Mandy Stigant grew up in Houston as a theater kid, a pursuit which stuck through college at University of Dallas where she earned her BA in Drama in 2002. During her senior year she fell over backwards into ceramics, and that has stuck ever since. She earned her MA in art from UD in 2008 and her MFA in ceramics from Utah State University in 2011.Then she got the hell out of Utah and moved to Portland, where in astoundingly short order she found her job as a ceramics lab technician at PCC, joined Blackfish Gallery, set up a studio practice and joined the vibrant ceramics woodfire community in the PNW. She has participated in wood firings at East Creek Art, Pleasant Hill Pottery, Portland Community College, Mt Hood Community College, and Six Ponds. In 2019 she and Careen Stoll led Firing While Female, an all-women anagama firing hosted by East Creek Art, and is looking forward to participating in the NW Woodfire Conference in 2022.

Above:  Careen Stoll, Fishnet Lunch, porcelain, 2006, 5x7x7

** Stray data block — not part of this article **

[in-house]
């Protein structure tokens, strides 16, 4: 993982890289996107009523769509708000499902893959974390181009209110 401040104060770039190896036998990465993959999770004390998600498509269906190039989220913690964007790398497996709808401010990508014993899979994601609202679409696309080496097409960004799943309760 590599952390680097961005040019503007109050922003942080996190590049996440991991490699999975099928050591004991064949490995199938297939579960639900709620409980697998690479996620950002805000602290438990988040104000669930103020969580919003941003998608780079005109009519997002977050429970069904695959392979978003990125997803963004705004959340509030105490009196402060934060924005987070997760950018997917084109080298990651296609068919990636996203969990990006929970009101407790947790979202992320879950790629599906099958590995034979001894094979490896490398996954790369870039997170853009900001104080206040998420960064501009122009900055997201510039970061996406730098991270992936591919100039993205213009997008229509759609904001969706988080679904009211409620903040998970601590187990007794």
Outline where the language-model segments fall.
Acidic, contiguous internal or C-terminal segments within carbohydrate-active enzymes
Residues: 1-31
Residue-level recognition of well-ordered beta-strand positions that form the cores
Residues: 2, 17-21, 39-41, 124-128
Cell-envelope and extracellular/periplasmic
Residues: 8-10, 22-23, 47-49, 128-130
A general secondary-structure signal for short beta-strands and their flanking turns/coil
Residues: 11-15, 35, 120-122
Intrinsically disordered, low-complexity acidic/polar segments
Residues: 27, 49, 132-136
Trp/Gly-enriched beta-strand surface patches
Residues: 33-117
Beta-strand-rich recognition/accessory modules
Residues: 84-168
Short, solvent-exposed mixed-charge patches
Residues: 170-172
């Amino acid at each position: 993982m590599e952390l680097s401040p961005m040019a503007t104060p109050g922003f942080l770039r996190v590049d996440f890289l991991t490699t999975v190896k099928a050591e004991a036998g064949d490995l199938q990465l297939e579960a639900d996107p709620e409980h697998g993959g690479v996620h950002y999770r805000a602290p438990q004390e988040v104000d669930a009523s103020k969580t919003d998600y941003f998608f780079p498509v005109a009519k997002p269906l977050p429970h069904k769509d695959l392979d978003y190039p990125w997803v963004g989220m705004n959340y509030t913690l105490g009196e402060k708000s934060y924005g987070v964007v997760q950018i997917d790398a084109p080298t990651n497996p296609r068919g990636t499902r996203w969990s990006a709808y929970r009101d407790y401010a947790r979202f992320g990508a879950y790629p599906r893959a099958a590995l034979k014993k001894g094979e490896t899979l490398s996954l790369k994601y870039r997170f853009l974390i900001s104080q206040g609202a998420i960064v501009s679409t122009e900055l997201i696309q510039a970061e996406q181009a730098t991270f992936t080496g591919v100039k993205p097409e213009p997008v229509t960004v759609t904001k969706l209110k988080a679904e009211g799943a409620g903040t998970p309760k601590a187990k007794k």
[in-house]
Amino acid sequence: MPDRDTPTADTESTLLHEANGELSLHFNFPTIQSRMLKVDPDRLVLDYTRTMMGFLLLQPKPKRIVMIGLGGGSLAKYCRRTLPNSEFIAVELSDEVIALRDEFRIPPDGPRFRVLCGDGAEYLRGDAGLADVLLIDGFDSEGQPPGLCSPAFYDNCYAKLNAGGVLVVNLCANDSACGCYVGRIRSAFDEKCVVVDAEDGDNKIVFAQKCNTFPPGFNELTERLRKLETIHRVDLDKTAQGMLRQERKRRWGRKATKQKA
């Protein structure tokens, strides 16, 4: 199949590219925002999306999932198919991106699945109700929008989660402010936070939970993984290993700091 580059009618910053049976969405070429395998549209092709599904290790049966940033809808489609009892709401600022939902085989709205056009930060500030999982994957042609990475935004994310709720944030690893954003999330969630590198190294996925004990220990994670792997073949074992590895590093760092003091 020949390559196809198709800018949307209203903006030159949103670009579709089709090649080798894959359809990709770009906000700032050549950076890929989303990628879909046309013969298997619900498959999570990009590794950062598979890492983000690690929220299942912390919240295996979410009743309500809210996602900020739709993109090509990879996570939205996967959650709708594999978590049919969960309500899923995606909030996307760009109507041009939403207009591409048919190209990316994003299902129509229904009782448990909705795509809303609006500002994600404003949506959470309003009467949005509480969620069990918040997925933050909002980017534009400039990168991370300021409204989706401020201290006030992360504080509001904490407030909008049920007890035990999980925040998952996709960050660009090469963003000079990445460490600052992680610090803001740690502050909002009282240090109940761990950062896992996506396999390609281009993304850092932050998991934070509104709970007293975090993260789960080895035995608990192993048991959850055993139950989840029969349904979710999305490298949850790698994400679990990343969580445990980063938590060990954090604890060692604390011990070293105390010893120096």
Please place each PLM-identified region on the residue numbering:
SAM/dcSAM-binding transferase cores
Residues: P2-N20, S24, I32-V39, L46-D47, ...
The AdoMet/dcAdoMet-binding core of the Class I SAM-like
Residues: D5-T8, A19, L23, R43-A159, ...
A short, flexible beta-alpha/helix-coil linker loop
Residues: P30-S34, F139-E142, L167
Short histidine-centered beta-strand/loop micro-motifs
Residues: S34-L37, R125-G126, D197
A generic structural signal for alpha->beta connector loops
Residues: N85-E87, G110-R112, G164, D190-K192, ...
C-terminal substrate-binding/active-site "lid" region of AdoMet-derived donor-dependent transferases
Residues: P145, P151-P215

Careen Stoll  .........................

Top the Over

Much of Careen Stoll’s earliest childhood was aboard a sailboat, and ever since she has found great pleasure in elegantly useful knots.  As a potter on-the-go, Stoll came to using rope as a definitive closure for covered bowls. Then she discovered Kinbaku, a form of ancient Japanese rope bondage whose original application was the effective rapid capture of prisoners on the field of battle. Stoll finds it fascinating that thin flexible rope can so effectively control the vessels of the sea and body.  To her there is no distinction between my creative enjoyment of the materials at hand and the questions of who is a vessel and what is control. 

Stoll’s exhibit is also a collaboration with Michael Becwar: a playful reference to maritime history, in which sailors formed ever more intricate knots that built on themselves into a sturdy fender.  Such a mass would become a bumper located at, for example, the bow (front) of a tugboat as it needs to push up against another vessel.  Michael